Update: Sold $569,937.

Jaguar C-Type

1952 Jaguar C-Type

Offered by Bonhams | London, U.K. | December 1, 2013

1952 Jaguar C-Type

The C-Type was the first purpose-built racing car by Jaguar – although calling it a purpose-built racing car seems wrong, as these were entirely roadable as well. Jaguar did win Le Mans in 1951 with a C-Type (in its first attempt). It kind of set the tone for the next few decades of sports racing cars.

Based around the XK120s mechanicals, the C-Type uses a tuned version of the XK120s 3.4-liter straight-six. Horsepower output was around 205. The chassis and frame were different – this car used a lightweight frame and a sleek aluminium body.

This particular car was originally bought by the Scottish racing team Ecurie Ecosse – it was one of a handful of C-Types that the team would use. Highlights of its competition history include:

  • 1953 9 Hours of Goodwood – 5th (with Jock Lawrence & Frank Curtis)
  • 1953 1000km Nurburgring – 6th (with Lawrence & Jimmy Stewart)

After the 1953 season, David Murray, the founder and head of Ecurie Ecosse, sold the Jaguar to a privateer, who raced it around Europe. The car bounced between owners (and countries) for decades before becoming the backbone of this incredible Ecurie Ecosse collection in 1992.

It is being offered for sale by Bonhams, who call this (of all of the cars from this collection), the one that is “most pure” and “with the best provenance.” It can be yours for between $3,200,000-$4,800,000. Click here for more info and here for more from this sale.

S/N: XKC 042

Update: Sold $4,762,011.

Frazer Nash Targa Florio

1952 Frazer Nash Targa Florio

Offered by Bonhams | London, U.K. | December 1, 2013

1952 Frazer Nash Targa Florio

Archibald Frazer-Nash built some cool, exciting cars in his day – but he never built many of them. His pre-war cars were all very similar in design and many of them were called “replicas” because they were made to look like a car he used in competition. They were original cars, but painted in “replica” fashion or some such thing that makes them hard to distinguish (in name) from actual replicas today.

Anyway, after the war, the company went back to sports cars. The Targa Florio was a sports car introduced in 1952 at the London Motor Show – and this was the very car they exhibited. This was the fourth example produced and it was purchased off the show stand by Briggs Cunningham. Cunningham entered it in the 1953 12 Hours of Sebring where it finished about 45th, a DNF, with drivers John Gordon Bennett and Charles Moran.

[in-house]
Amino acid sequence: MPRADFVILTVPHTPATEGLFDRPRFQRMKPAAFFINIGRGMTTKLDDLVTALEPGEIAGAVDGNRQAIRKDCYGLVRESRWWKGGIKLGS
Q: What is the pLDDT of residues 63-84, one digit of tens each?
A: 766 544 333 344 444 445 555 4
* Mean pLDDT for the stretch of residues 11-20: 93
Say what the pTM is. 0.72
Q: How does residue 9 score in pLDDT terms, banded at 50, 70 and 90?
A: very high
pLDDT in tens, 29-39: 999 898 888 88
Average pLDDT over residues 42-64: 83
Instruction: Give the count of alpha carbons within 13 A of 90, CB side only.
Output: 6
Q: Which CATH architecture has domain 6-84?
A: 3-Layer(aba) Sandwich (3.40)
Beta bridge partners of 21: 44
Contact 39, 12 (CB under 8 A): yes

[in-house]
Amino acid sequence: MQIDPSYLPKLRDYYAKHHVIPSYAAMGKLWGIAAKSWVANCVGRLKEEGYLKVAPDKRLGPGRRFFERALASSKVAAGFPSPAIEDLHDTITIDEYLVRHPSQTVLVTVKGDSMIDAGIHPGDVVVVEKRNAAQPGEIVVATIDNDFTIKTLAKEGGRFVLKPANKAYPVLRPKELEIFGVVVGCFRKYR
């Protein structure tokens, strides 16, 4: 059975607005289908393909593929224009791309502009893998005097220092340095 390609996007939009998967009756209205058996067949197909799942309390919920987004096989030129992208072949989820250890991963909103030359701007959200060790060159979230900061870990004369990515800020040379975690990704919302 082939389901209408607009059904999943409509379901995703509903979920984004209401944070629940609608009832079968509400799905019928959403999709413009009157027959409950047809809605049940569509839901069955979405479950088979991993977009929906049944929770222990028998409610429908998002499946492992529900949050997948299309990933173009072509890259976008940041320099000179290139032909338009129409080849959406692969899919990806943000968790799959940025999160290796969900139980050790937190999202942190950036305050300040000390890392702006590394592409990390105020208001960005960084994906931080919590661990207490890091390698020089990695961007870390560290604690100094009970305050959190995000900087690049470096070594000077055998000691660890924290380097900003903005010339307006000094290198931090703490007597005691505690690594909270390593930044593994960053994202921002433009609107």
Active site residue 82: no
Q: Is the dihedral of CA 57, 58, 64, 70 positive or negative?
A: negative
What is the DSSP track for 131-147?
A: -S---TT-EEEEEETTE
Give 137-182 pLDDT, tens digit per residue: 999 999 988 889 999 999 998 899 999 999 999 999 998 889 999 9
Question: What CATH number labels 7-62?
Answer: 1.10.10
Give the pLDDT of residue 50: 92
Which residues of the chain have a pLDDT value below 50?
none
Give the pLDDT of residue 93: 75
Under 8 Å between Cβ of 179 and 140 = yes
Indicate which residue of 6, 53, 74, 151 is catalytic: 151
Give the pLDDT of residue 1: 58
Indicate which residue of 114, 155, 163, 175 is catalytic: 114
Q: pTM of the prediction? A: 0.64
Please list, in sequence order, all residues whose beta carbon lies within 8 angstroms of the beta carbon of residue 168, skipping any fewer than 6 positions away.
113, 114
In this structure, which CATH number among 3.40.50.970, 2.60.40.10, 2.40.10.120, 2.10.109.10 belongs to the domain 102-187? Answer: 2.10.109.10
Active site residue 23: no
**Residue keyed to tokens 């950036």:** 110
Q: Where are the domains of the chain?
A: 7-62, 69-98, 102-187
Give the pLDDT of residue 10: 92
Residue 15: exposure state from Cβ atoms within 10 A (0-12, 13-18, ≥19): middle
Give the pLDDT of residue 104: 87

Moran, head of the SCCA in the mid-1950s, bought the car after Sebring. It has had numerous owners over the years and was repainted and freshened in 2011. The Targa Florio could be hand in two trim levels: base Turismo or hotted-up Grand Sport. This is a Grand Sport, so it uses a more powerful Bristol engine. The motor is a 2.0-liter straight-six making 125 horsepower.

This is one of only 14 Targa Florios built – so it is extremely rare. Strangely, of the seven models Frazer Nash built after the war, this was the second most popular. It is strikingly good-looking and can be yours for between $400,000-$480,000. Click here for more info and here for more from Bonhams.

Update: Sold $441,795.

Schumacher’s First Title Car

1994 Benetton B194 Ford

Offered by Bonhams | London, U.K. | December 1, 2013

1994 Benetton B194 Cosworth

The Benetton Formula One team began competing in the top tier of world motorsport in 1986. The team was founded by the Benetton family, owners of the Benetton fashion brand, when they purchased the Toleman team at the end of 1985. In 1991, they hired a young driver named Michael Schumacher who took the team to the pinnacle. Michael won his first two drivers championships with Benetton before departing for Ferrari.

Schumacher won his first title driving a B194 – winning eight races (half of them with this chassis), despite being disqualified from two races and banned from two more. It was a very controversial season to say the least. This car uses a Cosworth-built, Ford-badged 3.5-liter V-8. The race history of this car includes (but is not limited to):

  • 1994 San Marino Grand Prix – 1st (with Michael Schumacher)
  • 1994 Grand Prix of Monaco – 1st (with Schumacher)
  • 1994 Canadian Grand Prix – 1st (with Schumacher)
  • 1994 French Grand Prix – 1st (with Schumacher)

This car won four races with Michael en route to the season driver’s title. Benetton became Renault F1 for 2002 and Renault sold off many of the Benetton team cars that had been left behind. This one found its current home in 2008. A restoration was completed in 2010 and features the original 1994 Mild Seven livery. This is one important race car and it comes with a host of spares. No estimate is available, which is auction house code for “a lot.” You can read more here and check our more from Bonhams in London here.

S/N: B194-05

Update: Sold $1,009,281.

Tojeiro EE

1962 Tojeiro EE Buick Coupe

Offered by Bonhams | London, U.K. | December 1, 2013

1962 Tojeiro EE-Buick Coupe

Bonhams 2013 London sale has something amazing going for it: seven Ecuri Ecosse team cars and their famous team transporter are all being offered for sale. Let’s start with the team’s story…

Ecurie Ecosse – which is French for “Team Scotland” – was a Scottish racing team whose cars were always painted in this dark “Flag Blue Metallic” paint. The team was founded in 1952 by David Murray and Wilkie Wilkinson. They competed in Formula One, Formula Two and the 24 Hours of Le Mans – which they won, twice. The original team disbanded in the 1960s but their roster of former drivers is illustrious to say the least: Innes Ireland, Masten Gregory, Roy Salvadori, John Tojeiro and Jackie Stewart.